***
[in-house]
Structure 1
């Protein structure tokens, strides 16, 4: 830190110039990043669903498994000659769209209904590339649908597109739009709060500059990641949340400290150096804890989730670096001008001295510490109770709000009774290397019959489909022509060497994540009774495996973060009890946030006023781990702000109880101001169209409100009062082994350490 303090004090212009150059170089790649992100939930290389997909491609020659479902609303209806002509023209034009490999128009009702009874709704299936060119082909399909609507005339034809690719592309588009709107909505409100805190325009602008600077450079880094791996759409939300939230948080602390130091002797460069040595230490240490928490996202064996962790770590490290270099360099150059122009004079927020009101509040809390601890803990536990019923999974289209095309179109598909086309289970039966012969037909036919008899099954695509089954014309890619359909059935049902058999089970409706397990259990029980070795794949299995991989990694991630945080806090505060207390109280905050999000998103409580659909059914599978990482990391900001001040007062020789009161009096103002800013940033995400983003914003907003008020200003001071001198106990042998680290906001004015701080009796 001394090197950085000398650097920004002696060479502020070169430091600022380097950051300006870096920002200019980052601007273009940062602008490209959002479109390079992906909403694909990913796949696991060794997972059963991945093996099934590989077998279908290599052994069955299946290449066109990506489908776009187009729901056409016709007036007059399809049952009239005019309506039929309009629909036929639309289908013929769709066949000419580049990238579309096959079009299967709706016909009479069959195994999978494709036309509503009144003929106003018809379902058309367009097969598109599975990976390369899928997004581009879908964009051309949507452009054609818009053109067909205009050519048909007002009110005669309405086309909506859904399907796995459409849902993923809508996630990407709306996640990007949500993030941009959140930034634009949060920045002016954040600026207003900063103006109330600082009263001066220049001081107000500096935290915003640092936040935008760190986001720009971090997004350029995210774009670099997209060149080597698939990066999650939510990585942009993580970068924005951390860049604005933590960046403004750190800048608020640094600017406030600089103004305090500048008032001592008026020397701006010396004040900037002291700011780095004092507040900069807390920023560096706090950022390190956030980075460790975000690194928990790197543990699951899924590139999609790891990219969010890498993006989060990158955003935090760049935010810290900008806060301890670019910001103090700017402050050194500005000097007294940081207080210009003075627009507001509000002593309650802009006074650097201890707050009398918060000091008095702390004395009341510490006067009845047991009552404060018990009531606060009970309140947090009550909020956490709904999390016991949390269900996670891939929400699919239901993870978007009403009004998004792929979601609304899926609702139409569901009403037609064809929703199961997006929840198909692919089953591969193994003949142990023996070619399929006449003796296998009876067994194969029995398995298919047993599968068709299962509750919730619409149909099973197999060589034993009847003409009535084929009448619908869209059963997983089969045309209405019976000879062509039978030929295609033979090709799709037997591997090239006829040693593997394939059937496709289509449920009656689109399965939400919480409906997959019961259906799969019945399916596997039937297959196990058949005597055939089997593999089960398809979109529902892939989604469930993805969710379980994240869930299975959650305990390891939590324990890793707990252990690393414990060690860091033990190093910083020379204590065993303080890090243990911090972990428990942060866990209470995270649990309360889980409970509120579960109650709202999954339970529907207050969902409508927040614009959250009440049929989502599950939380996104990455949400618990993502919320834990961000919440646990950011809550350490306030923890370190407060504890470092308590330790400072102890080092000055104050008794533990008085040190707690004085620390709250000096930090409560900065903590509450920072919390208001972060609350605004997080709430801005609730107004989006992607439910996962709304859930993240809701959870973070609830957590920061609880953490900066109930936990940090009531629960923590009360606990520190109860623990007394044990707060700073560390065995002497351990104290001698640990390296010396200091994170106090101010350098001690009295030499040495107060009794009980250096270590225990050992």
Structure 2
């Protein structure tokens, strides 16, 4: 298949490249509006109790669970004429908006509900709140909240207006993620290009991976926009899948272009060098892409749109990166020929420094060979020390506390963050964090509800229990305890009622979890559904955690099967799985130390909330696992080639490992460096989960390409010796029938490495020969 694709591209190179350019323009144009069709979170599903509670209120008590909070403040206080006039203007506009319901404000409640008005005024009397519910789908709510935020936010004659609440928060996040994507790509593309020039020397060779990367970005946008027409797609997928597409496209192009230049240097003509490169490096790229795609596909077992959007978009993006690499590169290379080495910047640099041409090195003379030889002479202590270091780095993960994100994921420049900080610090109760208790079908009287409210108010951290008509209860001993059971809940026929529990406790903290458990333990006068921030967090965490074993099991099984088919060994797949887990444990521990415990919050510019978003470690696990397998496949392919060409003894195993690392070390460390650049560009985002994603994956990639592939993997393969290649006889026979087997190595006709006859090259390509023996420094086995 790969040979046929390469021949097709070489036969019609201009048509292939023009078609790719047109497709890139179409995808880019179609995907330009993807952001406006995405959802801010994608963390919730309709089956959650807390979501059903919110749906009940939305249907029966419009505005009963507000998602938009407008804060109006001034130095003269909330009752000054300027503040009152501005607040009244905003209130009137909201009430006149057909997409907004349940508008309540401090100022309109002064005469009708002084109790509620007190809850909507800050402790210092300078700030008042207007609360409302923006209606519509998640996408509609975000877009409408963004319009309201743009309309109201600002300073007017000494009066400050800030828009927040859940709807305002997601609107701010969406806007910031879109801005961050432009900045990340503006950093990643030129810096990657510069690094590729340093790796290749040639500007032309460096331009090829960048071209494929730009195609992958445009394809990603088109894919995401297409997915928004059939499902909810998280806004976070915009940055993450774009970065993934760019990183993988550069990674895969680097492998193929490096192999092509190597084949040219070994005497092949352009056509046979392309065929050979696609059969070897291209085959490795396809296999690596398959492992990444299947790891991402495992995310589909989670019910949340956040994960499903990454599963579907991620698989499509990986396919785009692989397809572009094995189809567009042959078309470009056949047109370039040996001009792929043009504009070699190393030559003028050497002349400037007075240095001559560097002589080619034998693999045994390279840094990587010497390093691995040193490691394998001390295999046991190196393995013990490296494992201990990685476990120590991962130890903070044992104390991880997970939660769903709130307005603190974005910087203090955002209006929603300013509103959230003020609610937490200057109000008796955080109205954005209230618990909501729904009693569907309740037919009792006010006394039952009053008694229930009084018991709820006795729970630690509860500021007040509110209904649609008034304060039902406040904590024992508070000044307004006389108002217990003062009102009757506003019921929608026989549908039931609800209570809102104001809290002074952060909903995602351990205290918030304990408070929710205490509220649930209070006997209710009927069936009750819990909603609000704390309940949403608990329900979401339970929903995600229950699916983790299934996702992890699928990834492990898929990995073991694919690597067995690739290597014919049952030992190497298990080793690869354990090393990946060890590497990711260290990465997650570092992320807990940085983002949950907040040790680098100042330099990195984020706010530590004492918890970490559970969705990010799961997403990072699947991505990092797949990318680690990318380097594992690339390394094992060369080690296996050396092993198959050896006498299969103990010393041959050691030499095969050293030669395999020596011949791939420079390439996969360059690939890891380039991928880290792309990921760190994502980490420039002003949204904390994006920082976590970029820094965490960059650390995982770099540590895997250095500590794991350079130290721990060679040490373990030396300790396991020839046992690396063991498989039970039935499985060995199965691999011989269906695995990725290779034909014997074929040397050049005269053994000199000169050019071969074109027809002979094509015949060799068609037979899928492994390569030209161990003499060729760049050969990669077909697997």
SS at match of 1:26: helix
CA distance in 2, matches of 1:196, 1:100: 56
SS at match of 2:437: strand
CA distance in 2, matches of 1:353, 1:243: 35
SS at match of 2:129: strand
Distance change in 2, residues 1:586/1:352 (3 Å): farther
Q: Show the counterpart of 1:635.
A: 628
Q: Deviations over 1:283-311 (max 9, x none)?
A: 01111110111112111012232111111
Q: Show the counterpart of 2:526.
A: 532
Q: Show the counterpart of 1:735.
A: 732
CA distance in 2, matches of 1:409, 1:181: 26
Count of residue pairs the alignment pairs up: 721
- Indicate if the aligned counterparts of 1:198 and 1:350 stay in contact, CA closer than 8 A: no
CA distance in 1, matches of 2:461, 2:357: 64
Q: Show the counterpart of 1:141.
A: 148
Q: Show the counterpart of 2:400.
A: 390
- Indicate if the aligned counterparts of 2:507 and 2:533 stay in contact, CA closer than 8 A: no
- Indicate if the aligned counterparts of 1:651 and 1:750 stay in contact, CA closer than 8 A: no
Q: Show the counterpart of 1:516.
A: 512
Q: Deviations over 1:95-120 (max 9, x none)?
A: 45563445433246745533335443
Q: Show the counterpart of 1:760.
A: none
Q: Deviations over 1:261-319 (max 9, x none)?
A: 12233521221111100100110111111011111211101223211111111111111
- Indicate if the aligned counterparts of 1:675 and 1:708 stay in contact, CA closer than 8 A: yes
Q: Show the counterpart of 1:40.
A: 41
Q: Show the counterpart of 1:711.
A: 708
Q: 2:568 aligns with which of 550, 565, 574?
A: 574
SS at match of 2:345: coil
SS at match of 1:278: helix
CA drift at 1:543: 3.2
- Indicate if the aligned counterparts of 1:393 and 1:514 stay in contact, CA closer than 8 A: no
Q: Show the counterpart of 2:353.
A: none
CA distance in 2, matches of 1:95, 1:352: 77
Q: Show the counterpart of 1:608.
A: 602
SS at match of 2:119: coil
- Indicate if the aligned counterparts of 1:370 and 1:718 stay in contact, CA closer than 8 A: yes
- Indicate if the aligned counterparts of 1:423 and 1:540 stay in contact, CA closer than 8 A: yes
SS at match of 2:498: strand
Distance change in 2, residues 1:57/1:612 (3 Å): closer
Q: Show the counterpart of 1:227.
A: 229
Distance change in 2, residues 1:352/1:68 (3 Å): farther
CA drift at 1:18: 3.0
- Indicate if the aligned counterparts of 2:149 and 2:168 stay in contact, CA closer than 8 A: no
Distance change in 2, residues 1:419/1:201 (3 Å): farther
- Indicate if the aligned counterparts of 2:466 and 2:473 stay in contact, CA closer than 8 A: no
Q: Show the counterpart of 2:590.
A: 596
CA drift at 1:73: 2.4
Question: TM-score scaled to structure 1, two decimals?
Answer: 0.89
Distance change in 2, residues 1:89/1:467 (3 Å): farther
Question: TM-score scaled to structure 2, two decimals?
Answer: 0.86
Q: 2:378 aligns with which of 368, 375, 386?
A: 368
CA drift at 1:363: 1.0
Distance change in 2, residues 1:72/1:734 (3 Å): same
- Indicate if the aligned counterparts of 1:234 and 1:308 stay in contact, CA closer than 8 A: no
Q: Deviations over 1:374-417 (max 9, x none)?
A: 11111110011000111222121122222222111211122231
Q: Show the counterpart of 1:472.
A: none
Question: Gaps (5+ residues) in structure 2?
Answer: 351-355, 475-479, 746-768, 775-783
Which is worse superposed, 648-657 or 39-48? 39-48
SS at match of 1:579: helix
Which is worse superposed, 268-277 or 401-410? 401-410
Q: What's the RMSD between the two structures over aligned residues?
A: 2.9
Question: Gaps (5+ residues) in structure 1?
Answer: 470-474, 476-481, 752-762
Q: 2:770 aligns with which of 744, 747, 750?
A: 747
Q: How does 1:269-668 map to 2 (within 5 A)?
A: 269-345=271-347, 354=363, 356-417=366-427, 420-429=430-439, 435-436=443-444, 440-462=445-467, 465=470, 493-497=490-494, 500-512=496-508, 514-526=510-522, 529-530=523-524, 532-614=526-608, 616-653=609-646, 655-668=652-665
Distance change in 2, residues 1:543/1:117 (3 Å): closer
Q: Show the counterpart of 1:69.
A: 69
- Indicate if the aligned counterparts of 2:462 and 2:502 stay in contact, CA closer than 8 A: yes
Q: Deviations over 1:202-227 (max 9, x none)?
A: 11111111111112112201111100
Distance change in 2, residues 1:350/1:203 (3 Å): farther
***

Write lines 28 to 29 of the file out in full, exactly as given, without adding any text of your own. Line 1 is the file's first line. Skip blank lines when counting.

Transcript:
- Indicate if the aligned counterparts of 2:507 and 2:533 stay in contact, CA closer than 8 A: no
- Indicate if the aligned counterparts of 1:651 and 1:750 stay in contact, CA closer than 8 A: no